In the latest edition of BBC Parliament's BOOKtalk, Labour MP Rachel Reeves discusses Alice in Westminster, her new biography of Alice Bacon.

She's the only other woman to have represented a Leeds constituency in the Commons.

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Week ahead

Philip Hammond Image copyright PA
Image caption The Chancellor is expected to unveil a carefully unflashy series of financial announcements on Wednesday.

Another week of legislative loose end-tying, with Parliament ticking over, and no votes expected in either the Commons or the Lords.

This is punctuated by the Autumn Statement on Wednesday, which will be pretty much the first major policy event of Theresa May's government.

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Week ahead

Woman on computer Image copyright PA
Image caption Could this week see the last gasp of the Investigatory Powers Bill?

MPs return to work on Monday, and peers on Tuesday - and it's always interesting to note who's tanned and relaxed after a mini-break in the sun, and who's pallid and sniffling after a few extra days of constituency work.

The balance will be interesting because it will give some indication of who's eying a possible election...

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Ripples from Article 50 ruling reach Parliament

Lead claimant in the Article 50 case, Gina Miller (C), gives a statement outside of the High Court after a decision ruling in her landmark lawsuit Image copyright European Photopress Agency
Image caption Gina Miller won her case at the High Court, challenging the government's intention to by-pass Parliament over the triggering of Article 50

It was supposed to be a quiet demi-week, leading to a mini-break for half term, but events, dear boy...

Last week MPs were being briefed that there would be no votes at all in the Commons, and there are still none, but the ripples from the High Court ruling to require Parliamentary approval for the start of the Brexit process, the triggering of the fabled Article 50 of the Lisbon Treaty, may draw them in.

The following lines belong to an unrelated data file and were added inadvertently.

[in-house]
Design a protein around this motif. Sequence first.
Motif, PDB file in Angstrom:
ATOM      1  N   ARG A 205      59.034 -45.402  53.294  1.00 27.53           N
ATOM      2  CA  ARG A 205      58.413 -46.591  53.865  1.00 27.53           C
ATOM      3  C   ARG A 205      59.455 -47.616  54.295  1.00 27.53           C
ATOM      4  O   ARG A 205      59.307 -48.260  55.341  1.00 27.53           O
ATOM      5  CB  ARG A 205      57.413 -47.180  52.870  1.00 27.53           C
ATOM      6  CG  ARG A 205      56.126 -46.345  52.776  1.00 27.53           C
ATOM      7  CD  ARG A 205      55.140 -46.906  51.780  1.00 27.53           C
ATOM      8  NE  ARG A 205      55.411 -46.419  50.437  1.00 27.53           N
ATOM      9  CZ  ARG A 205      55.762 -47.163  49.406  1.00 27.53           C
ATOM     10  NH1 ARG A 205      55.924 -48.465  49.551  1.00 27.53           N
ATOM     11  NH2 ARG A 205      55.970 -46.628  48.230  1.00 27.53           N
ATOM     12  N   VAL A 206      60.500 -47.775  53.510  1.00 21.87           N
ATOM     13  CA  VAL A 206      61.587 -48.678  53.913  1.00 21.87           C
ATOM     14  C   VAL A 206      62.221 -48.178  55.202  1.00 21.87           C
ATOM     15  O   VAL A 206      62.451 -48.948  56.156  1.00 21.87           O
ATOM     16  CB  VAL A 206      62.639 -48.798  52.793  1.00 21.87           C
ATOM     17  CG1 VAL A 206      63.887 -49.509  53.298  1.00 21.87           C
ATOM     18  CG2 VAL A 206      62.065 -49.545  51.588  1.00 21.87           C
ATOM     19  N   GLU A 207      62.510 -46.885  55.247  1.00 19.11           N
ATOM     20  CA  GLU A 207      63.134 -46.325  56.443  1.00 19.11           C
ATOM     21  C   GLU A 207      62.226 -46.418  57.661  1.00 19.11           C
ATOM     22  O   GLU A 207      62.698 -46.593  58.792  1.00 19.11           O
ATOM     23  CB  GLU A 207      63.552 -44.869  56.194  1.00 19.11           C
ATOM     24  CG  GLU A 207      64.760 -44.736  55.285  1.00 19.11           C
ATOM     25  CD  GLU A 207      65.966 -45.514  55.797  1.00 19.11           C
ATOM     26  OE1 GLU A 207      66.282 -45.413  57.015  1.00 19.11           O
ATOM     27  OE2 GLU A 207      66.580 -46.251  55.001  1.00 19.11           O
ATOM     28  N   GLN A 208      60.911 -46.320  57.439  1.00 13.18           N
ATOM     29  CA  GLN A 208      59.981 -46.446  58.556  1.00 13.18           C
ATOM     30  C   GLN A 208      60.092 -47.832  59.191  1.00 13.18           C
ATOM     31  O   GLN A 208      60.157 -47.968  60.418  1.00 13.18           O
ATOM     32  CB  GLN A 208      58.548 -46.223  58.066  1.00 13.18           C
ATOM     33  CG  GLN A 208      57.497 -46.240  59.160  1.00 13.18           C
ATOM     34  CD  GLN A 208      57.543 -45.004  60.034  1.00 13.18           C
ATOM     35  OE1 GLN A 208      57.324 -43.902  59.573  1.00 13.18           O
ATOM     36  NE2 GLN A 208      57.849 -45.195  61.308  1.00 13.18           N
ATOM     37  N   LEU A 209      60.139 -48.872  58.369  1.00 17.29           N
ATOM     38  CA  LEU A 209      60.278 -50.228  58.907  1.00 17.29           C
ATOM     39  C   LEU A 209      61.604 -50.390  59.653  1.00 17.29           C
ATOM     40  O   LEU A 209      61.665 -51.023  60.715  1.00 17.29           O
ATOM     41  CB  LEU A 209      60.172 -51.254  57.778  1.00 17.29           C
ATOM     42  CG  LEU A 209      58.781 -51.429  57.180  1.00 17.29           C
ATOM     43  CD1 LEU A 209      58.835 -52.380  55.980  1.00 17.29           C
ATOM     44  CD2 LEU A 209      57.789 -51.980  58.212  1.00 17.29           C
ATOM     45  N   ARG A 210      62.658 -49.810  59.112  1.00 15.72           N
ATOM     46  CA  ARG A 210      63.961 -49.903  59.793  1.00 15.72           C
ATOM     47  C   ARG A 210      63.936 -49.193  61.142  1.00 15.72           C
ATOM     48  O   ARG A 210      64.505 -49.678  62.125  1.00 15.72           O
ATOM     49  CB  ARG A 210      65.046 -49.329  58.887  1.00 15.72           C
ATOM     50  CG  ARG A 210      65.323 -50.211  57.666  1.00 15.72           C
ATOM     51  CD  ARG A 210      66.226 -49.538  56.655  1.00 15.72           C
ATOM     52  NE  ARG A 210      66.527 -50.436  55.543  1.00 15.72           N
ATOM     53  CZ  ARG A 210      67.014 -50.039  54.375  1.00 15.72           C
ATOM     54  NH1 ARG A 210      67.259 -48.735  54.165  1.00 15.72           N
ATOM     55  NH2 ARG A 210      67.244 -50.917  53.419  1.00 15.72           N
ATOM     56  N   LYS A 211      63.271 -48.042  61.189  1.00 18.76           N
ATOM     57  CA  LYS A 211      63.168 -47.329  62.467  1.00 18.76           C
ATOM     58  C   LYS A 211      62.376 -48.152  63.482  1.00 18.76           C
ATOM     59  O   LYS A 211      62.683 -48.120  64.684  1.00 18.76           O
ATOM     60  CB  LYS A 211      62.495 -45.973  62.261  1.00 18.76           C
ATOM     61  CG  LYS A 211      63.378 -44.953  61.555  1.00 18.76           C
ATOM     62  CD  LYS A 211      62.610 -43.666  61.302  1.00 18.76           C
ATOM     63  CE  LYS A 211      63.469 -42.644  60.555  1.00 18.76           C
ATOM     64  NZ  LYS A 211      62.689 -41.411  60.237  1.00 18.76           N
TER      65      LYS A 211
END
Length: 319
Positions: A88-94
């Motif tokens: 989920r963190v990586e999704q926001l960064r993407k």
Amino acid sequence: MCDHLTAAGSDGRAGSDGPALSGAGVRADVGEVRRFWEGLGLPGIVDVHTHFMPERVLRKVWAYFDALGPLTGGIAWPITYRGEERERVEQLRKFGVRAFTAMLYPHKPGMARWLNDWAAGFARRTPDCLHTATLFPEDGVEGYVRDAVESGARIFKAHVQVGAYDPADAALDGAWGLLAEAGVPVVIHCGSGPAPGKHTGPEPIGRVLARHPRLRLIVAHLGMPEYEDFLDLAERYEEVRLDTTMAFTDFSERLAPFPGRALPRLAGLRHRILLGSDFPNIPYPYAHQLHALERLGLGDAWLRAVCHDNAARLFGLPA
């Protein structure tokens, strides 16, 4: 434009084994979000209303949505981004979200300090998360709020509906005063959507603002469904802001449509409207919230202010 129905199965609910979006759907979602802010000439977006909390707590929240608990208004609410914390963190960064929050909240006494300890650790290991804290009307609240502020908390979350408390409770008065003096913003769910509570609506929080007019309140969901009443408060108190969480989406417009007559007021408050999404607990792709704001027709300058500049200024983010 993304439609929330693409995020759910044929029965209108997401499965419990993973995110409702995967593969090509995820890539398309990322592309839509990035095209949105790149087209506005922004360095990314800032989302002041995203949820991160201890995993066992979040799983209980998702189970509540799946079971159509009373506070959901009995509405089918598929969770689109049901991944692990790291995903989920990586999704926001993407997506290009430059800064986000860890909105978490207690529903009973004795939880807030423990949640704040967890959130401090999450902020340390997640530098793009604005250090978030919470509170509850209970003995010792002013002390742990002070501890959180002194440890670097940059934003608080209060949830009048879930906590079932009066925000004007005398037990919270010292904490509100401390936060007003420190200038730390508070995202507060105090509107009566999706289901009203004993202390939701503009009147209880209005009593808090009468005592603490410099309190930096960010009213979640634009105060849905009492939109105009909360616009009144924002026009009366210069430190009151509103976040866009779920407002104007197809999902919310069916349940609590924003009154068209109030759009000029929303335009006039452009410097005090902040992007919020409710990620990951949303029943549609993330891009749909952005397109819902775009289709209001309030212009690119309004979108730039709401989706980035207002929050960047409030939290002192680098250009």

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Why MPs voted Labour's Keith Vaz on to Justice Committee

Keith Vaz at Labour party conference Image copyright AFP

So far as most of the participants were concerned, it wasn't about Keith Vaz.

For most MPs, Monday's vote, which installed the former chair of the Home Affairs Select Committee as a member of the Justice Committee, was a routine rubber-stamping exercise.

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Week ahead

Leveson report Image copyright Getty Images
Image caption Will recommendations in the Leveson report come back to haunt the government, as the Investigatory Powers Bill finishes its way through Parliament?

Both peers and MPs will be involved in the last rites of the Investigatory Powers Bill, this week, with a third reading in the Lords and then ping-pong between the Houses to agree its final form.

Will there be any brinkmanship over the "Leveson amendment" added by peers earlier this month? The government is keen to get the bill into law before existing internet surveillance powers lapse at the end of the year.